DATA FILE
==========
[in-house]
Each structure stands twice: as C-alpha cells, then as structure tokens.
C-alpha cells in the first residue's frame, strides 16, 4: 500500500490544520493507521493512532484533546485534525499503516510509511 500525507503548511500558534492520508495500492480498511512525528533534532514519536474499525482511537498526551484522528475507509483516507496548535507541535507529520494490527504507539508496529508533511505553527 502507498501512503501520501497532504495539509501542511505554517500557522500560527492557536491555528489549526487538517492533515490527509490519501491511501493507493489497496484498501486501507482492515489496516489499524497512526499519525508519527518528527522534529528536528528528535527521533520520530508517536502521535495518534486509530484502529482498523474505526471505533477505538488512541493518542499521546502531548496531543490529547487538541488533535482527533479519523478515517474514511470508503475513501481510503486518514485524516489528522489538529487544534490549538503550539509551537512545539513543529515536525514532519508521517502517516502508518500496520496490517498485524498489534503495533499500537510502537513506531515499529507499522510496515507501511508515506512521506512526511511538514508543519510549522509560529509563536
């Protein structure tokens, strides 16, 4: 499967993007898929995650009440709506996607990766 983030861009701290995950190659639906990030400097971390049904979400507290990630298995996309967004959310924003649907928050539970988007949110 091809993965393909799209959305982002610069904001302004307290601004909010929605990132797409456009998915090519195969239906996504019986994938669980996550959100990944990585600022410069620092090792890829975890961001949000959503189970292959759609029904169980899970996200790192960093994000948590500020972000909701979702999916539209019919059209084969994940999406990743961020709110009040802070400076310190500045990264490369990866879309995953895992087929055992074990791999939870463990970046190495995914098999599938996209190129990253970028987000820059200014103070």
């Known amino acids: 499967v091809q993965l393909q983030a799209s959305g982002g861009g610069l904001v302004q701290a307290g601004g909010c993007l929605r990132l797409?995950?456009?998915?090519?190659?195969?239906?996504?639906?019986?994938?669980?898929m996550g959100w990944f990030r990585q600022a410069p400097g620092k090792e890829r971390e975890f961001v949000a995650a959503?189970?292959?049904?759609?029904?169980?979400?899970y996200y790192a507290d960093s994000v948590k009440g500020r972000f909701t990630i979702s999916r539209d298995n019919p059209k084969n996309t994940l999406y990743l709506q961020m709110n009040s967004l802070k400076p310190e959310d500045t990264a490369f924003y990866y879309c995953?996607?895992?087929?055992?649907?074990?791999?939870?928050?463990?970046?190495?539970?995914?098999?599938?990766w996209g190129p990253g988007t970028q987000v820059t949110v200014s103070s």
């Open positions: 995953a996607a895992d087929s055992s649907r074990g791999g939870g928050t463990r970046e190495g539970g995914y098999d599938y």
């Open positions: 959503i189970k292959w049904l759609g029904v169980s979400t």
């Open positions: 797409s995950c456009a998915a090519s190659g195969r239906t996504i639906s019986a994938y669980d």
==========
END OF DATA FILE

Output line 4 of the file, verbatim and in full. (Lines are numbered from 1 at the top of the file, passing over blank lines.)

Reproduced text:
């Protein structure tokens, strides 16, 4: 499967993007898929995650009440709506996607990766 983030861009701290995950190659639906990030400097971390049904979400507290990630298995996309967004959310924003649907928050539970988007949110 091809993965393909799209959305982002610069904001302004307290601004909010929605990132797409456009998915090519195969239906996504019986994938669980996550959100990944990585600022410069620092090792890829975890961001949000959503189970292959759609029904169980899970996200790192960093994000948590500020972000909701979702999916539209019919059209084969994940999406990743961020709110009040802070400076310190500045990264490369990866879309995953895992087929055992074990791999939870463990970046190495995914098999599938996209190129990253970028987000820059200014103070």